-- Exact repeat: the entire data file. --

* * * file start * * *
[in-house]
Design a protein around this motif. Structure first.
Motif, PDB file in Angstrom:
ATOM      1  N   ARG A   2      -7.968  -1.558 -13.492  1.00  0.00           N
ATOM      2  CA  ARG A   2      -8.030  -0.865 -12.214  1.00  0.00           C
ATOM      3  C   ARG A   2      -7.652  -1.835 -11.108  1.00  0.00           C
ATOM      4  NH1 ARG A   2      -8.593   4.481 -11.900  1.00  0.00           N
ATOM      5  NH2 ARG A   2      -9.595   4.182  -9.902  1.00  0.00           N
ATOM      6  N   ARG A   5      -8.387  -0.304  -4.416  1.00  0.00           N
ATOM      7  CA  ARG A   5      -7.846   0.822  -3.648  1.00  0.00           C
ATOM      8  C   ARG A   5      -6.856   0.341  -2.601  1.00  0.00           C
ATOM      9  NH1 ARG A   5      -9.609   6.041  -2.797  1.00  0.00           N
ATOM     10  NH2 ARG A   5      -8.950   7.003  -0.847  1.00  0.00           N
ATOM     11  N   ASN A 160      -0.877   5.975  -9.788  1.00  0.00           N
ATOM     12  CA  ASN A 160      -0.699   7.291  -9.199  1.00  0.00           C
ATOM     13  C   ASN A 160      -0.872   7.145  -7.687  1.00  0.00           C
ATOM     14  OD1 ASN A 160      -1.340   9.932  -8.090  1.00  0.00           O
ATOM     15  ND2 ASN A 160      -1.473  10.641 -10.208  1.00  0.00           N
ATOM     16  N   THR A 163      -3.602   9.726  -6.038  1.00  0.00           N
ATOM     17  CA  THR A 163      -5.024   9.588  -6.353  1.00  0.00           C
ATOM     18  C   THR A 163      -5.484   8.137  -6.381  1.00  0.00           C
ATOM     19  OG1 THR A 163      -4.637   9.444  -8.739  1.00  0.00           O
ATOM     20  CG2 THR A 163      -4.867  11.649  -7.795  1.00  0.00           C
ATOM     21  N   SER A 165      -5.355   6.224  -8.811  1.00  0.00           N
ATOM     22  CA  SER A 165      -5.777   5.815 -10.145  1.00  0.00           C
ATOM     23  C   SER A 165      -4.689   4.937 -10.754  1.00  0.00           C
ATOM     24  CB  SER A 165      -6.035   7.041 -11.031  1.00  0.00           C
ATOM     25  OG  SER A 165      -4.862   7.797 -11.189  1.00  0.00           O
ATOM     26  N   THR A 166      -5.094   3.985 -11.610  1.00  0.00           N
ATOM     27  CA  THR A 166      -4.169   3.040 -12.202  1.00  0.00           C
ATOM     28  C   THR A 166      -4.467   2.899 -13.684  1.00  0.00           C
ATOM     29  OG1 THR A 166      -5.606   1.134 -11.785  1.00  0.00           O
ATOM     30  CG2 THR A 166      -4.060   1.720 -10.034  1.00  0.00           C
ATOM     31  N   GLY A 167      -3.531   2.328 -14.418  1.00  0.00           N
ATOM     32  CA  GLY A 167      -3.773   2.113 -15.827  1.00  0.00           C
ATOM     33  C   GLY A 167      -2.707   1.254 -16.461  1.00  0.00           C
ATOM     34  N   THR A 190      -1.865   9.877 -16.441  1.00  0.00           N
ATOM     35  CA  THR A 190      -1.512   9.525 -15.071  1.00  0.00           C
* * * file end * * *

[in-house]
Design a protein around this motif. Structure first.
Motif, PDB file in Angstrom:
ATOM      1  N   ARG A   2      -7.968  -1.558 -13.492  1.00  0.00           N
ATOM      2  CA  ARG A   2      -8.030  -0.865 -12.214  1.00  0.00           C
ATOM      3  C   ARG A   2      -7.652  -1.835 -11.108  1.00  0.00           C
ATOM      4  NH1 ARG A   2      -8.593   4.481 -11.900  1.00  0.00           N
ATOM      5  NH2 ARG A   2      -9.595   4.182  -9.902  1.00  0.00           N
ATOM      6  N   ARG A   5      -8.387  -0.304  -4.416  1.00  0.00           N
ATOM      7  CA  ARG A   5      -7.846   0.822  -3.648  1.00  0.00           C
ATOM      8  C   ARG A   5      -6.856   0.341  -2.601  1.00  0.00           C
ATOM      9  NH1 ARG A   5      -9.609   6.041  -2.797  1.00  0.00           N
ATOM     10  NH2 ARG A   5      -8.950   7.003  -0.847  1.00  0.00           N
ATOM     11  N   ASN A 160      -0.877   5.975  -9.788  1.00  0.00           N
ATOM     12  CA  ASN A 160      -0.699   7.291  -9.199  1.00  0.00           C
ATOM     13  C   ASN A 160      -0.872   7.145  -7.687  1.00  0.00           C
ATOM     14  OD1 ASN A 160      -1.340   9.932  -8.090  1.00  0.00           O
ATOM     15  ND2 ASN A 160      -1.473  10.641 -10.208  1.00  0.00           N
ATOM     16  N   THR A 163      -3.602   9.726  -6.038  1.00  0.00           N
ATOM     17  CA  THR A 163      -5.024   9.588  -6.353  1.00  0.00           C
ATOM     18  C   THR A 163      -5.484   8.137  -6.381  1.00  0.00           C
ATOM     19  OG1 THR A 163      -4.637   9.444  -8.739  1.00  0.00           O
ATOM     20  CG2 THR A 163      -4.867  11.649  -7.795  1.00  0.00           C
ATOM     21  N   SER A 165      -5.355   6.224  -8.811  1.00  0.00           N
ATOM     22  CA  SER A 165      -5.777   5.815 -10.145  1.00  0.00           C
ATOM     23  C   SER A 165      -4.689   4.937 -10.754  1.00  0.00           C
ATOM     24  CB  SER A 165      -6.035   7.041 -11.031  1.00  0.00           C
ATOM     25  OG  SER A 165      -4.862   7.797 -11.189  1.00  0.00           O
ATOM     26  N   THR A 166      -5.094   3.985 -11.610  1.00  0.00           N
ATOM     27  CA  THR A 166      -4.169   3.040 -12.202  1.00  0.00           C
ATOM     28  C   THR A 166      -4.467   2.899 -13.684  1.00  0.00           C
ATOM     29  OG1 THR A 166      -5.606   1.134 -11.785  1.00  0.00           O
ATOM     30  CG2 THR A 166      -4.060   1.720 -10.034  1.00  0.00           C
ATOM     31  N   GLY A 167      -3.531   2.328 -14.418  1.00  0.00           N
ATOM     32  CA  GLY A 167      -3.773   2.113 -15.827  1.00  0.00           C
ATOM     33  C   GLY A 167      -2.707   1.254 -16.461  1.00  0.00           C
ATOM     34  N   THR A 190      -1.865   9.877 -16.441  1.00  0.00           N
ATOM     35  CA  THR A 190      -1.512   9.525 -15.071  1.00  0.00           C